SSLStrip is a tool for executing Man-In-The-Middle attacks.  It allows you to steal HTTPS/SSL traffic, including usernames and passwords.  The only information you need to know about your victim in order to attack is their internal IP address, and the gateway address of the network you are on (which means you need to be on the same network as the victim to do this — A tutorial on hijacking wifi passwords coming soon).

I will be using backtrack linux as the attacker and windows xp as the victim.  Both are virtual machines.

First, run ifconfig and take note of what network interface you are currently using.  In the screenshot below (figure 1.1), my network interface is eth2.

Now lets make sure that ip_forwarding is enabled (need to be root).

echo 1 > /proc/sys/net/ipv4/ip_forward

and now verify that it worked.

cat /proc/sys/net/ipv4/ip_forward

should return 1.

Next, run arpspoof.  As the name suggests, it is an ARP spoofing tool.  use “-i <network interface>”, followed by “-t <target>” (your victim’s internal IP), and finally specify the internet gateway.  you will see ARP network traffic start to stream in the terminal window, as shown below (figure 1.2).

arpspoof -i eth2 -t

Now, in a new terminal window (don’t close arpspoof!) issue an iptables command.  Iptables is a tool for ipv4 maintenance.  I won’t go into any more detail for now.

iptables -t nat -A PREROUTING -p tcp –destination-port 80 -j REDIRECT –to-ports 10000

And finally, run SSLStrip.  we will use “-w <output file>” to specify somewhere to dump off the data we are redirecting.

python -w output.dmp

Everything is now set up, and any HTTPS/SSL web browsing that the victim does will be dumped to the output file we specified when we started  That’s about all you need to know! Now go out there and get hacking!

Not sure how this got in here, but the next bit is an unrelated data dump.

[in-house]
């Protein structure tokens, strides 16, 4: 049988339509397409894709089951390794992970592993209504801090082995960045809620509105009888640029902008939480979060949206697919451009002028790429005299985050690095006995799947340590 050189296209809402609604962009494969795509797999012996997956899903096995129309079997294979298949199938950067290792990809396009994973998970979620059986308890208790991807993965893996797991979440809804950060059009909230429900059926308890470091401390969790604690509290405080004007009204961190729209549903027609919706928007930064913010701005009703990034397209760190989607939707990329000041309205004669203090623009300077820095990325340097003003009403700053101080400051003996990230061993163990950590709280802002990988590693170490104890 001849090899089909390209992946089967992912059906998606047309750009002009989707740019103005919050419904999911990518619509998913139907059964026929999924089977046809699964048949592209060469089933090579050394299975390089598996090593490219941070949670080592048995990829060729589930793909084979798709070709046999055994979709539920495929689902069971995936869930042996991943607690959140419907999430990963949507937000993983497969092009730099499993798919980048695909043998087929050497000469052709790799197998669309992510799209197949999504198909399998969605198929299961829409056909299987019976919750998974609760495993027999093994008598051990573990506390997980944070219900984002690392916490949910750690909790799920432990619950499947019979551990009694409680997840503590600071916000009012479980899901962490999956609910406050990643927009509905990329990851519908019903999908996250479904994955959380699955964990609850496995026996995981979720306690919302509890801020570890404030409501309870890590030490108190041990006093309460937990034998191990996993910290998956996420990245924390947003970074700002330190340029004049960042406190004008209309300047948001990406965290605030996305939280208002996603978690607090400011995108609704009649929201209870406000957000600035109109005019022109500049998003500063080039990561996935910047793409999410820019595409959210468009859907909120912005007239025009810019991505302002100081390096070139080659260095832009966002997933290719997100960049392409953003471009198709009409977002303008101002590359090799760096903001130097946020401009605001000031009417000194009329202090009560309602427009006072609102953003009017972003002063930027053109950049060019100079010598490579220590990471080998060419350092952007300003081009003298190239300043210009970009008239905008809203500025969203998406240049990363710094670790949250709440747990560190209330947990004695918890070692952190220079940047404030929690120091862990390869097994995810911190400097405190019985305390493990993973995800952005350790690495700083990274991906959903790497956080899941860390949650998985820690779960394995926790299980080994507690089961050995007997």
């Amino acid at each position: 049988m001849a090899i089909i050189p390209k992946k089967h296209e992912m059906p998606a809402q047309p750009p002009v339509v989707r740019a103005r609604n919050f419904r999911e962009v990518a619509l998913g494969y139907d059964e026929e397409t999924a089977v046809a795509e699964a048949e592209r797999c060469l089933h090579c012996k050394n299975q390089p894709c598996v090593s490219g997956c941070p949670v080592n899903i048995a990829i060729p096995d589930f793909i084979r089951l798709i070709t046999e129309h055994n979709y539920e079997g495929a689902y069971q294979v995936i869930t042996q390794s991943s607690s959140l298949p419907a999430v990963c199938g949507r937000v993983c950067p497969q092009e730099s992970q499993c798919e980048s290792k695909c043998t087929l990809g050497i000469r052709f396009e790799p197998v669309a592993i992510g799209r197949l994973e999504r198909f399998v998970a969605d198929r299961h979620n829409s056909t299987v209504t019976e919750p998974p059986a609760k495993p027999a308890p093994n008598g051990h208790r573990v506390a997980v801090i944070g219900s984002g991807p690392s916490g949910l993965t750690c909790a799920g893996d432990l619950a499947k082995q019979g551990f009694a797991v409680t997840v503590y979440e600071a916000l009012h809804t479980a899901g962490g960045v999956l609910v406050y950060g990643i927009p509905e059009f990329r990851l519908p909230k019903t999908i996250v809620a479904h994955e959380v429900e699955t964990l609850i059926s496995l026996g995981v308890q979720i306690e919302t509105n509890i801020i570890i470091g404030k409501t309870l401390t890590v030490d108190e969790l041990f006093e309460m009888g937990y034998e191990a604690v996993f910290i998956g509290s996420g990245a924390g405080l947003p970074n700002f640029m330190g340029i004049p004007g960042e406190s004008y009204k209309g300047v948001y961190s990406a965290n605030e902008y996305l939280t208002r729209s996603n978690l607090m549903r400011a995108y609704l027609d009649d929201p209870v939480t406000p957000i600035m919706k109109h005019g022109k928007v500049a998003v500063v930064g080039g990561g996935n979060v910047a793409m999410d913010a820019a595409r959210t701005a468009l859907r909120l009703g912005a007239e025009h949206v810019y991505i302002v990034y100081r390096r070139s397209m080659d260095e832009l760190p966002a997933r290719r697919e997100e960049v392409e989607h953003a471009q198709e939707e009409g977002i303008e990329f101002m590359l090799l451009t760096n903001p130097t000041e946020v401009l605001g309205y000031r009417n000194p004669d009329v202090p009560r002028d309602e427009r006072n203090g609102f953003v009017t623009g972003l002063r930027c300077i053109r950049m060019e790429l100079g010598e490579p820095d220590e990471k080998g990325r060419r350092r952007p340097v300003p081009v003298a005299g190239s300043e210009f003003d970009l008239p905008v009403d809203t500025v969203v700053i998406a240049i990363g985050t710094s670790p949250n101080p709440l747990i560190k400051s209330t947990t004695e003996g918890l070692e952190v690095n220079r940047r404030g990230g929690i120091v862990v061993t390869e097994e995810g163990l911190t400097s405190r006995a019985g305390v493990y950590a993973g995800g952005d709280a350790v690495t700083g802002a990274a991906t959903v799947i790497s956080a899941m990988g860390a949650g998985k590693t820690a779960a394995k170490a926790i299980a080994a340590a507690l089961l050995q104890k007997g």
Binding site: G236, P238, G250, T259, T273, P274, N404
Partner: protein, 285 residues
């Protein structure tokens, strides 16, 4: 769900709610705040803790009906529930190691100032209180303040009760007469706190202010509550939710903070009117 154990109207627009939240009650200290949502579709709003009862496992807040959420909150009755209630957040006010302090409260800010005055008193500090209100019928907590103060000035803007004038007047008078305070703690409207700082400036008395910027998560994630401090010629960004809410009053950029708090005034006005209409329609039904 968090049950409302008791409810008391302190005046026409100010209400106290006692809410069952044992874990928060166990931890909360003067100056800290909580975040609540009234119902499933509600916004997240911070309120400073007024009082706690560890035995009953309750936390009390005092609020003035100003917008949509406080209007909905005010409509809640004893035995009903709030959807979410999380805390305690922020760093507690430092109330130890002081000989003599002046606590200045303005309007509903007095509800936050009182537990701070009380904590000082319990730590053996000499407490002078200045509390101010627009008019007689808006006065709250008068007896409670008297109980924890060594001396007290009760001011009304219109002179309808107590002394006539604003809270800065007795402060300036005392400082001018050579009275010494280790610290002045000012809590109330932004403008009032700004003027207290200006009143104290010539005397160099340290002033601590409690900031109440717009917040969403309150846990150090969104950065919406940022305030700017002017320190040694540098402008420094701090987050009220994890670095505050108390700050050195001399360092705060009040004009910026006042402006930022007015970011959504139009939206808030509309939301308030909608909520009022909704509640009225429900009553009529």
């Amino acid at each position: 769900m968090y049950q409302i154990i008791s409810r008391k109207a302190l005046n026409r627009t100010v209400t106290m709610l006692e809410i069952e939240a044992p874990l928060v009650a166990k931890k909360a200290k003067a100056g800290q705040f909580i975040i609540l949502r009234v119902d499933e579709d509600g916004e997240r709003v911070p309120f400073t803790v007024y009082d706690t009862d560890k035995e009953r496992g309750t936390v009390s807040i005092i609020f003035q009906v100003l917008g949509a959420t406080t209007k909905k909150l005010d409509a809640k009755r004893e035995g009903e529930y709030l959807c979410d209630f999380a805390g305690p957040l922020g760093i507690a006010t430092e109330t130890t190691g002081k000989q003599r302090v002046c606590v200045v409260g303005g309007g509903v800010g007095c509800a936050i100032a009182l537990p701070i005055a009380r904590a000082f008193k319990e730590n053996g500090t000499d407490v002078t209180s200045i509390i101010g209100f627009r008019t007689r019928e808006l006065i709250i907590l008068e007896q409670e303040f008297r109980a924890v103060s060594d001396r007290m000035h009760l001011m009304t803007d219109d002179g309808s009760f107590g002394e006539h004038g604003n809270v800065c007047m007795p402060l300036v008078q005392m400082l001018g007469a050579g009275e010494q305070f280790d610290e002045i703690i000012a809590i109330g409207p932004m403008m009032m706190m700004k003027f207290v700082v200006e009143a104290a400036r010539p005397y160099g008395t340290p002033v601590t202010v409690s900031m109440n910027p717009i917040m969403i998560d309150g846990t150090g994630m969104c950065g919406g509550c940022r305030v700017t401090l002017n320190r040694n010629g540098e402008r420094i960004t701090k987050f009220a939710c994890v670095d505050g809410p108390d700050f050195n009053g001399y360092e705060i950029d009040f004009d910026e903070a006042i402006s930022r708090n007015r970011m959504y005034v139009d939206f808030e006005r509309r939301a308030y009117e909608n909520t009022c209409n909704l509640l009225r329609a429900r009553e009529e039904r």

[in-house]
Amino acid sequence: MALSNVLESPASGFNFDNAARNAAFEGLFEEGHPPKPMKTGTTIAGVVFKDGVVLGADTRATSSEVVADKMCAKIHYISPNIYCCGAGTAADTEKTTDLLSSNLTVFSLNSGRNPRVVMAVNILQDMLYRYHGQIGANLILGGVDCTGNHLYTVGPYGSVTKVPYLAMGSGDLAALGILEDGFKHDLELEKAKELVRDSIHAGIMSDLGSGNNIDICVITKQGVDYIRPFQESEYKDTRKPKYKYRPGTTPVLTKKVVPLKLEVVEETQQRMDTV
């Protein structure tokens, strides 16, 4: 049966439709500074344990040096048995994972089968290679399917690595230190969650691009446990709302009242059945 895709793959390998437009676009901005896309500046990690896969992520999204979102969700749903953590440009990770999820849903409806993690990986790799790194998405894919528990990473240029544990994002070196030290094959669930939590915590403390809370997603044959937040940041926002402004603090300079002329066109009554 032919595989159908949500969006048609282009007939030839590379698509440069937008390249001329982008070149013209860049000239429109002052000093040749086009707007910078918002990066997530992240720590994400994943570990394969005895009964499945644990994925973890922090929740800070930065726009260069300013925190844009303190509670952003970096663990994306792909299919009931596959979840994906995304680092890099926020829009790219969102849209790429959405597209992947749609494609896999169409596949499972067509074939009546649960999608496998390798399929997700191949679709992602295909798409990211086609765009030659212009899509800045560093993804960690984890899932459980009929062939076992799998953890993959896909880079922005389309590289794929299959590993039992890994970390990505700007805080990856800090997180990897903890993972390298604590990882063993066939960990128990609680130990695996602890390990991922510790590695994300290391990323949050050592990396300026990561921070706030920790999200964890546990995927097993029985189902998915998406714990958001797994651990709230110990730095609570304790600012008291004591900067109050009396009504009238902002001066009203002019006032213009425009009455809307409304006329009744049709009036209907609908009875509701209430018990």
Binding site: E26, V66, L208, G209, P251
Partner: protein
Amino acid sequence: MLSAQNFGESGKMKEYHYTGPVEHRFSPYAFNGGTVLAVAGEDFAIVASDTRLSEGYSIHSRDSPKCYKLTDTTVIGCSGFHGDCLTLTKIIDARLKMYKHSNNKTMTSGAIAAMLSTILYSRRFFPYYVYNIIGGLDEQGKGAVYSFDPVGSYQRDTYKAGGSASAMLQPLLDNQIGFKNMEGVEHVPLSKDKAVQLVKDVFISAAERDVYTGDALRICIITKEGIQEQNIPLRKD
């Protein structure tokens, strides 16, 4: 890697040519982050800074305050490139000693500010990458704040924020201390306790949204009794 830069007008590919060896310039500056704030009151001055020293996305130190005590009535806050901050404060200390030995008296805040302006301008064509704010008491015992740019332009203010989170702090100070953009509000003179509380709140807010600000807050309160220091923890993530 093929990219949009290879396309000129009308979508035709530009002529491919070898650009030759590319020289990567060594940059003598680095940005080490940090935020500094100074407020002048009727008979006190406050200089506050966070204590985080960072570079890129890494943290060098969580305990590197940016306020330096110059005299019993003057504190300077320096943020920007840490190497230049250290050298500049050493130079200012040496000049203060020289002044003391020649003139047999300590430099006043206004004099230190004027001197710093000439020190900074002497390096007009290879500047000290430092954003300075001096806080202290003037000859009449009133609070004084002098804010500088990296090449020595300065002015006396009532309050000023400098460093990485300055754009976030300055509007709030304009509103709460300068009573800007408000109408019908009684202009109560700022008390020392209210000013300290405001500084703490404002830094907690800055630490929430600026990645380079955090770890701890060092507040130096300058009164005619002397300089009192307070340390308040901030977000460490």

Here’s some sample output from SSLStrip, notice the username and password in plaintext at the end of the string.

Now on the victim, I went to before executing sslstrip.  once I started it, I signed in.  Very few people would notice this, or be weary if they noticed it, but traffic will now appear to the victim as HTTP.  SSLStrip will encrypt the packets before sending them to the gateway, as servers like gmail and paypal don’t allow http.

Here’s a visual representation of before and during an attack.

Illustrated in the picture below is one sign that you are being MITM’d.  While connecting to gmail, your browser will show that you are using HTTP.  It attempted HTTPS/SSL, but was unable to make the connection, so un-secure HTTP is forced.  Only a conscious and educated victim will identify this as suspicious, and of those people only the bored will care to investigate it.

Another way to tell that you are being MITM’ed is your arp address will change to the hacker’s internal IP.  Here’s a screenshot of the “arp -a” command being issued on the victim before and then during the attack.

One of the arts of SSLStrip attacks is the social engineering aspect.  You must gather recon on a potential victim and try to discern when they might be using their computer and on what networks they will be on.

Thanks for reading!